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BoiseDev – Three candidates vie for GOP nomination for Ada County Commission seat

Tom Dayley, Dawn Retzlaff and Sharon Ullman. Courtesy of BoiseDev.com

Originally published on April 24, 2022 on BoiseDev.com

Three Republicans are hoping to get the nod from the GOP to be the nominee to face off for a seat on the Ada County Commission.

With Commissioner Kendra Kenyon, a Democrat, stepping down from her seat at the end of the year it leaves the field wide open for a replacement on the three-seat commission for a two-year term. The winner of this contest will go on the face-off with Democrat Tricia Nilsson for the seat, which is one of three commissioners in Idaho’s largest county.

BoiseDev did interviews with all three candidates. In alphabetical order, here are brief summaries of their backgrounds and policy positions for you to read before you hit the ballot box:

Tom Dayley

A familiar face representing Idaho in Washington D.C. and at the State Capitol is hoping to bring his experience to the Ada County Commission.

If elected, Tom Dayley hopes to focus on building relationships with constituents and other local and state government partners to find ways to cut county spending and develop reforms to keep as many people safely out of jail as possible to keep taxpayer costs down. He said his long history of working in federal and state government gives him the ability to work with people of all political parties and ideas to find solutions, not conflict.

Dayley described an instance in his first year as a State Legislator in 2013 when his fellow seatmate disagreed with him on how to vote on a particular bill. He left the legislature in 2019 after rising to the post of House Judiciary and Rules Committee Chairman.

(My seatmate and I) had a disagreement and we were talking about why and I said ‘that’s why there are 70 of us in the legislature so we have 70 opinions so that way we can talk about it, sort it out and make a decision’,” Dayley said. “That’s what I think I can bring to the table more effectively than the other two candidates.”

Dayley worked in Washington D.C. as an appointee of President Ronald Reagan, President George H. Bush and President Donald Trump in the Department of Agriculture, the Department of Education and the Department of Health & Human Services.

He also had stints working at the U.S. Capitol for Idaho Rep. George Hansen, Senator James McClure, Senator Steve Symms, Senator Dirk Kempthorne and Senator Larry Craig. In Idaho, he ran the Idaho Farm Bureau, the Farm Service Agency and served as a Division Administrator for the Idaho State Department of Agriculture.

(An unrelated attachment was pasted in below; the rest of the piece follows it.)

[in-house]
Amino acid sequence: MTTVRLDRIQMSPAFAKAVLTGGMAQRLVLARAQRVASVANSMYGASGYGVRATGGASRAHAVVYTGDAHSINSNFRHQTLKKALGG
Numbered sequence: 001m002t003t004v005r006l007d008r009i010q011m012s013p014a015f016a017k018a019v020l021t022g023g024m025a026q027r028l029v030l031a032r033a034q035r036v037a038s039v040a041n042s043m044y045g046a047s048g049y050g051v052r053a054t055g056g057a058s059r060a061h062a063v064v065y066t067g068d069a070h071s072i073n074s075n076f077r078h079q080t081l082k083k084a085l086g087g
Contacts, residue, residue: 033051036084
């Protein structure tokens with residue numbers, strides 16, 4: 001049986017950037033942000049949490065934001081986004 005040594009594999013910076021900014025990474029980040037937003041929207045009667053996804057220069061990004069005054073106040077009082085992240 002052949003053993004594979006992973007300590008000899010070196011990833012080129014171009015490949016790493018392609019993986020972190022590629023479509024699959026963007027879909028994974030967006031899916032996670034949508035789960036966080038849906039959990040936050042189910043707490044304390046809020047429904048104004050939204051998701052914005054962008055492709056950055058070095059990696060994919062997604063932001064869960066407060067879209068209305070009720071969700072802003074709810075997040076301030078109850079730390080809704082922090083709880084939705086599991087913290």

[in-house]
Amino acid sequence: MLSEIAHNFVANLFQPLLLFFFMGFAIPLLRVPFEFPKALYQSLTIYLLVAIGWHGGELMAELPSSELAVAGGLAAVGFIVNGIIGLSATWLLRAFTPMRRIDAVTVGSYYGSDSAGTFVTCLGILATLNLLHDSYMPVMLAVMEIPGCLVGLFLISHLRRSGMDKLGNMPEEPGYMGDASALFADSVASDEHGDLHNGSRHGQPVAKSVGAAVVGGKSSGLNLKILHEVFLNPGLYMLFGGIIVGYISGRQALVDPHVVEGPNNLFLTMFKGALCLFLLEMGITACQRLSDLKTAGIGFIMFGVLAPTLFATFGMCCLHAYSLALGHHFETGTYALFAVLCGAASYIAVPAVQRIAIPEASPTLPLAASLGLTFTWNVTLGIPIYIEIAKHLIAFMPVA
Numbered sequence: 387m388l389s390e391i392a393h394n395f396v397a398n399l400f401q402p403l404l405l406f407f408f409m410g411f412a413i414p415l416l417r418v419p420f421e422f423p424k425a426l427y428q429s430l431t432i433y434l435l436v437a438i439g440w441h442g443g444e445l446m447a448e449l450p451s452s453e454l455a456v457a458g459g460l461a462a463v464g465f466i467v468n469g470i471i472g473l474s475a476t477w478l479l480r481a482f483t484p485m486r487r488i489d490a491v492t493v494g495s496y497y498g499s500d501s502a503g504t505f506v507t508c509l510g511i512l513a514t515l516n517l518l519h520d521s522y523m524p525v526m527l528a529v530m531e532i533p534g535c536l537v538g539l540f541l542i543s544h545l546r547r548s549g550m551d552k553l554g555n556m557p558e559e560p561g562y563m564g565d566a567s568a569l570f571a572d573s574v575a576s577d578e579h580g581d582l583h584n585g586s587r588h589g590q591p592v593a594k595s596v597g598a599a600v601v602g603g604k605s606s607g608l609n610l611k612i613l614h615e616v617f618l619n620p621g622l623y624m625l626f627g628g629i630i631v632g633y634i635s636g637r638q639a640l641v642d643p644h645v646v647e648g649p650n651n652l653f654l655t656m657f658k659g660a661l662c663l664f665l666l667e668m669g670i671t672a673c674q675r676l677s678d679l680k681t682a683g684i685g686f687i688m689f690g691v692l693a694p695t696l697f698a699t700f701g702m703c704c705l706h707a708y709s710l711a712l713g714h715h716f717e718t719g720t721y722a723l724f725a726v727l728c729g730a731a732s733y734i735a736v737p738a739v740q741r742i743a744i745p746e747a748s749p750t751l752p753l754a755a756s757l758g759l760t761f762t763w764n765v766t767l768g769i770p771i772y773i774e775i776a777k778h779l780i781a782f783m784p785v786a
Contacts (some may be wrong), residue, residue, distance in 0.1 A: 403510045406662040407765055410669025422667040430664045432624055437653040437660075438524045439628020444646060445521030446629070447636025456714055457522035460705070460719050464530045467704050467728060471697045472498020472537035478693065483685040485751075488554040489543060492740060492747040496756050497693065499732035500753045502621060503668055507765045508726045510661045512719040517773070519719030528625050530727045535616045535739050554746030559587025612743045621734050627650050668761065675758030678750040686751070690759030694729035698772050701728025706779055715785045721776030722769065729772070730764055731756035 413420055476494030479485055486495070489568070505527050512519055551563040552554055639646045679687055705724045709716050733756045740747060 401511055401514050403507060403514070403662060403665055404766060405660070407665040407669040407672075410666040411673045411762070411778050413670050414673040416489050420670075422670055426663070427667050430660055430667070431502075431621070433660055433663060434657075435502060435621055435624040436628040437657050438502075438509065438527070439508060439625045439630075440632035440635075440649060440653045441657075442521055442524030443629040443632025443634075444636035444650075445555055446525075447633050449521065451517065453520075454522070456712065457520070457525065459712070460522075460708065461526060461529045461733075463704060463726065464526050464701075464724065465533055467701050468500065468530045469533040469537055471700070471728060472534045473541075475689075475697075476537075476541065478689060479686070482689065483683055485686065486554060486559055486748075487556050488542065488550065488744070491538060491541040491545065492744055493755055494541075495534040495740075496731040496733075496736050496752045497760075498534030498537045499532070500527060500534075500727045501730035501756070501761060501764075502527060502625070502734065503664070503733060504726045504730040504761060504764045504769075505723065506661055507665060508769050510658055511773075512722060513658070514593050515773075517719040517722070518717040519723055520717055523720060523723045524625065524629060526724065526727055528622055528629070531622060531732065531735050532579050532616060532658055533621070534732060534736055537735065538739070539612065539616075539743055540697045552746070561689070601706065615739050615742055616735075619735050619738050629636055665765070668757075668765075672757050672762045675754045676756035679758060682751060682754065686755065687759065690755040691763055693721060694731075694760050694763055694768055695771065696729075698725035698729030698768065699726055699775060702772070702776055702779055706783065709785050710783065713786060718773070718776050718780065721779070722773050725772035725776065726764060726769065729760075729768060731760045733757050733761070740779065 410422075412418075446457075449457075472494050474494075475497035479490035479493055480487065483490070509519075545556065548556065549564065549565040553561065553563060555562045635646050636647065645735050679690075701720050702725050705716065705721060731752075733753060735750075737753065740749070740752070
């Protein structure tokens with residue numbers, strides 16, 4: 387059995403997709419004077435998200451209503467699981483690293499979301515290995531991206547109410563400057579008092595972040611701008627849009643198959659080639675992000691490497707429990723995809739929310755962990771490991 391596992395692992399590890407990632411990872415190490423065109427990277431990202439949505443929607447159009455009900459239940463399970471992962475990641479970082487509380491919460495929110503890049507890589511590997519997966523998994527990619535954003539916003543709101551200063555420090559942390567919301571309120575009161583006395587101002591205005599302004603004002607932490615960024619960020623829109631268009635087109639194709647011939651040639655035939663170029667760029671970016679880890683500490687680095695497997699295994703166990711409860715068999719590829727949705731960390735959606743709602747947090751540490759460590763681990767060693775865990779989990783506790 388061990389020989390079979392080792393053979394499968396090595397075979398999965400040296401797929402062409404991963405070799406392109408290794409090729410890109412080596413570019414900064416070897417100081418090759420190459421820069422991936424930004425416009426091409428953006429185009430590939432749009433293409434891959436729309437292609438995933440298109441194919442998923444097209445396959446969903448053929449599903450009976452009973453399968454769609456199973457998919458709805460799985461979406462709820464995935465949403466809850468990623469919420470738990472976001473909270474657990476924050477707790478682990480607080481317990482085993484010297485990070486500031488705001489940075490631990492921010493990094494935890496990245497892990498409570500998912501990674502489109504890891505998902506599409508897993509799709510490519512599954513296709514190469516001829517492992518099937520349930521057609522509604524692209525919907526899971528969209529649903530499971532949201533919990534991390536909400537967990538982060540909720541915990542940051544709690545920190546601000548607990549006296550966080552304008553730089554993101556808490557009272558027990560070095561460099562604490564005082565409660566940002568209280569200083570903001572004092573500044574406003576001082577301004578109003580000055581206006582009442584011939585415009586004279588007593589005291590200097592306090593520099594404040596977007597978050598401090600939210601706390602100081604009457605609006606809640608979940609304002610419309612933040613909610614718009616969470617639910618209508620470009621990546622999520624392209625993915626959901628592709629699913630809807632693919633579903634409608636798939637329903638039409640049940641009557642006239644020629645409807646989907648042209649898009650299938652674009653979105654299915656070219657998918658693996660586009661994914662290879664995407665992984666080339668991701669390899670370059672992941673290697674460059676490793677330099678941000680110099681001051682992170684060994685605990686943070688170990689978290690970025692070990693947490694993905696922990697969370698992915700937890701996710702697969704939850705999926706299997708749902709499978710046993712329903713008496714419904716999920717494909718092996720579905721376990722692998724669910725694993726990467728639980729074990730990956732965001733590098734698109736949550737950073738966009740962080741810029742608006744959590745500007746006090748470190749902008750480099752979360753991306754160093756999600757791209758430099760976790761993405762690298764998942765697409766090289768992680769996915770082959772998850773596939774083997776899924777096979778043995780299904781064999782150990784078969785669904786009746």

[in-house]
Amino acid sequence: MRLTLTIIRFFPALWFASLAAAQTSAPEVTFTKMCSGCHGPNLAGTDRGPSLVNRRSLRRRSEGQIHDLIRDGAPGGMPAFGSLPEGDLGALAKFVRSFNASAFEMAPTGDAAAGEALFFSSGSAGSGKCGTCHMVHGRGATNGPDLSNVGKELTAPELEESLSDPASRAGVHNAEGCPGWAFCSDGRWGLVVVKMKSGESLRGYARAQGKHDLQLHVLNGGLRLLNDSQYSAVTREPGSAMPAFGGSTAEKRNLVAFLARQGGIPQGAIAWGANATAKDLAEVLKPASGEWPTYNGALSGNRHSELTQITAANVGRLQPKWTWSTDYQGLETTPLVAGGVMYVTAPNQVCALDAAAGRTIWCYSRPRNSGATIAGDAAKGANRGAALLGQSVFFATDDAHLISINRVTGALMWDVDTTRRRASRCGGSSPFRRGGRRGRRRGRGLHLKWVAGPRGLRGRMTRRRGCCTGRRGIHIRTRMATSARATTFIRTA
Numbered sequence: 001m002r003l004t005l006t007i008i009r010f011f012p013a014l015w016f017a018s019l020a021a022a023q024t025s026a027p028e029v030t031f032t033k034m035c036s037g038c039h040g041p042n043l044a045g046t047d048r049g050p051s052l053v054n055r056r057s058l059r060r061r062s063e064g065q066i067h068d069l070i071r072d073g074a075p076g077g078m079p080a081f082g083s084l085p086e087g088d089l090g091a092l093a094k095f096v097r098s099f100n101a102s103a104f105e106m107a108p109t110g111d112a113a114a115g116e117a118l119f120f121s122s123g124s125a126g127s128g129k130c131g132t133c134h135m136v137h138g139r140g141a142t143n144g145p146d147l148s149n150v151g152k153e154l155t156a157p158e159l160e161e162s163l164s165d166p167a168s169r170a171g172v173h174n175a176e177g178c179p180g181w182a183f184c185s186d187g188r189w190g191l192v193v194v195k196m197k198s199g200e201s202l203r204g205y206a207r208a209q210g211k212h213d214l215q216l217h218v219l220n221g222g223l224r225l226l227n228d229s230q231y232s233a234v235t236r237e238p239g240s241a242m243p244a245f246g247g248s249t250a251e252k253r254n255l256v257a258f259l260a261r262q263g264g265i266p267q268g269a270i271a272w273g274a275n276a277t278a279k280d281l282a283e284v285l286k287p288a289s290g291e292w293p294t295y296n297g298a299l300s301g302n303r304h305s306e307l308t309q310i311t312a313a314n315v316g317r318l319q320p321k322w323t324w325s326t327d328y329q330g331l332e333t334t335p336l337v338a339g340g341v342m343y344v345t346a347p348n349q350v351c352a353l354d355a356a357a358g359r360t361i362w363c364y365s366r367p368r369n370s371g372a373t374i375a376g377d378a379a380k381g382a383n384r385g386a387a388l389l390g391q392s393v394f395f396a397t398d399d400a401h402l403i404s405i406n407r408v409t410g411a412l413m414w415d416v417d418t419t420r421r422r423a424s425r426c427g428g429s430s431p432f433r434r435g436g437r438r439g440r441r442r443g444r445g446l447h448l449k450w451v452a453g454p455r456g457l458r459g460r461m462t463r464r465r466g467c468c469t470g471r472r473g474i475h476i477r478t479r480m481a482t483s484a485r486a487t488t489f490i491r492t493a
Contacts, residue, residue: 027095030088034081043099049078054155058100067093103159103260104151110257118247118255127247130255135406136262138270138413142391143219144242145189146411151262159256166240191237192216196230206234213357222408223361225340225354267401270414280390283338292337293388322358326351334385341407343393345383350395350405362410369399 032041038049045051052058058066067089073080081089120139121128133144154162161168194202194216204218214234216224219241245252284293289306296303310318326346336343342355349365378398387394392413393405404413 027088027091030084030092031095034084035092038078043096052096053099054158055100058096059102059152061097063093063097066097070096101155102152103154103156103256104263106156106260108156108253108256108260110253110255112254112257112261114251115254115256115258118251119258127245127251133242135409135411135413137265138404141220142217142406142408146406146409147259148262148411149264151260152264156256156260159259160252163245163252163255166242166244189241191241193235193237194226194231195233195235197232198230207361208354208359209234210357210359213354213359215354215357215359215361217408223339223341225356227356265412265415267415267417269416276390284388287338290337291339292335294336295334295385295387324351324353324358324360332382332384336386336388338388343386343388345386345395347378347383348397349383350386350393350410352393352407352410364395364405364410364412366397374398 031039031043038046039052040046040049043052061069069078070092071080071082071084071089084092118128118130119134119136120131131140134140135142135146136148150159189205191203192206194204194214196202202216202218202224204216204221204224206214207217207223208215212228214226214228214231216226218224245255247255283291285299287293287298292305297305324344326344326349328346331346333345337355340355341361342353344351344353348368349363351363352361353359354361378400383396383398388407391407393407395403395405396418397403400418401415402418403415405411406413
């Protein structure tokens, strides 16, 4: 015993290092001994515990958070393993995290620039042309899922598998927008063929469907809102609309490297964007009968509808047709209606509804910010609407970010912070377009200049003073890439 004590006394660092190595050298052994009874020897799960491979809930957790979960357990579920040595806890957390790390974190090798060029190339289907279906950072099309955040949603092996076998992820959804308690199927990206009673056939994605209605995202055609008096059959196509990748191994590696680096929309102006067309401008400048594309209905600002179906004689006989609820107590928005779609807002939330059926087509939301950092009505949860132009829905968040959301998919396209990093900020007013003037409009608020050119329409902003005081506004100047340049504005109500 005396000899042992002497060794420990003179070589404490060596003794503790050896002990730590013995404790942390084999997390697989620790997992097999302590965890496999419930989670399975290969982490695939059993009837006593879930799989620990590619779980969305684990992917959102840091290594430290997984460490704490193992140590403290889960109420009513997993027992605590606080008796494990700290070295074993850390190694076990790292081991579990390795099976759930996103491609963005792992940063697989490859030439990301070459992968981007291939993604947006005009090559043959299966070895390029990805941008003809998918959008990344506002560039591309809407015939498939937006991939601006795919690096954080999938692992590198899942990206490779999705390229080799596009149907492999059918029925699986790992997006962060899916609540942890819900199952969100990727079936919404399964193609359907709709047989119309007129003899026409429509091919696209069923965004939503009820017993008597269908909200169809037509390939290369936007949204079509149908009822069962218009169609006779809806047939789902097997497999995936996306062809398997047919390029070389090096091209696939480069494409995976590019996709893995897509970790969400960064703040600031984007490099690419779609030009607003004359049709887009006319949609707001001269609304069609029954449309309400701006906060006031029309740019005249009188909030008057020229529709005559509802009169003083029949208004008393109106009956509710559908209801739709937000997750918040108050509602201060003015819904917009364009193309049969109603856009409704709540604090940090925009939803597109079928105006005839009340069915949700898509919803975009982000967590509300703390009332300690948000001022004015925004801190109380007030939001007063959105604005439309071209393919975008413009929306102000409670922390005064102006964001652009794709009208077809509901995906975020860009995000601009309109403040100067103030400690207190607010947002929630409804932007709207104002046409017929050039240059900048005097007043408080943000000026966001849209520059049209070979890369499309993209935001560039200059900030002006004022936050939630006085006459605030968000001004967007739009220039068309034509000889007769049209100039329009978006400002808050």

Dayley pointed to legislation like the 2022 bill creating a state funding mechanism for public defenders in exchange for property tax relief as the type of solution he would like to broker to help bring county tax cuts. He also said if elected he plans to meet extensively with each county department head to determine what they need to spend and what they can cut.

Like many Southwest Boise residents, Dayley also heard concerns from residents of the area about the City of Boise’s initial proposal to develop the Murgoitio site off of Victory Road with homes and a smaller park last summer. Dayley said he doesn’t have a distinct plan of action in mind for the problem at this time, but he would like to sit down with the City of Boise to “look at options.”

Dayley said he has no interest in defunding the police in any way, but if he is elected he said there are ways the county can help keep jail costs down and help residents return to work instead of wasting time in jail while they await trial. He said Ada County should institute an appeal process for probation violations, allowing those who commit a minor violation a chance to make their case and potentially resolve procedural disputes that could arise due to the high caseloads of probation officers, public defenders and others.

He said if the statistics show Ada County’s population has grown enough that more jail space is required he would support going out for a bond to ask the voters for funding it. But, he said finding other solutions to keep numbers low is also important.

“If somebody goes back into the jail for two years (after a minor probation violation), that’s $50 a day to be in jail. Fifty dollars a day doesn’t help the taxpayer and it doesn’t help the inmate. That doesn’t help anybody.”

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